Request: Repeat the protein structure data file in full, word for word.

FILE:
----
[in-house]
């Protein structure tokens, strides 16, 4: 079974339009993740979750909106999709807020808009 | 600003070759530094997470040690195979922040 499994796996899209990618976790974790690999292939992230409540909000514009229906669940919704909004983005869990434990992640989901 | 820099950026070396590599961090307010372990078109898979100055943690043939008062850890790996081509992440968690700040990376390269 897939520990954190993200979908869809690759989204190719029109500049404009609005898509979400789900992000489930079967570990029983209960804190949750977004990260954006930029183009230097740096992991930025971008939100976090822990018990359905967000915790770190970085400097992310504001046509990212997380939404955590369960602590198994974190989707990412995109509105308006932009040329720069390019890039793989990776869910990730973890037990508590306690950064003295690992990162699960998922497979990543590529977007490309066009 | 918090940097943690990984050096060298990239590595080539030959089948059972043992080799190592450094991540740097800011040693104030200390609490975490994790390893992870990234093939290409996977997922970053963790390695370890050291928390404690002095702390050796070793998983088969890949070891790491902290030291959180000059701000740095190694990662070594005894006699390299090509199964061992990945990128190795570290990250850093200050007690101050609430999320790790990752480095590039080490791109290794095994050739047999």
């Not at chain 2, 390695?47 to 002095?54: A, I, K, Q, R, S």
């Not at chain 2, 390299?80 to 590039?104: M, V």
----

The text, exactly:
[in-house]
């Protein structure tokens, strides 16, 4: 079974339009993740979750909106999709807020808009 | 600003070759530094997470040690195979922040 499994796996899209990618976790974790690999292939992230409540909000514009229906669940919704909004983005869990434990992640989901 | 820099950026070396590599961090307010372990078109898979100055943690043939008062850890790996081509992440968690700040990376390269 897939520990954190993200979908869809690759989204190719029109500049404009609005898509979400789900992000489930079967570990029983209960804190949750977004990260954006930029183009230097740096992991930025971008939100976090822990018990359905967000915790770190970085400097992310504001046509990212997380939404955590369960602590198994974190989707990412995109509105308006932009040329720069390019890039793989990776869910990730973890037990508590306690950064003295690992990162699960998922497979990543590529977007490309066009 | 918090940097943690990984050096060298990239590595080539030959089948059972043992080799190592450094991540740097800011040693104030200390609490975490994790390893992870990234093939290409996977997922970053963790390695370890050291928390404690002095702390050796070793998983088969890949070891790491902290030291959180000059701000740095190694990662070594005894006699390299090509199964061992990945990128190795570290990250850093200050007690101050609430999320790790990752480095590039080490791109290794095994050739047999």
């Not at chain 2, 390695?47 to 002095?54: A, I, K, Q, R, S």
């Not at chain 2, 390299?80 to 590039?104: M, V």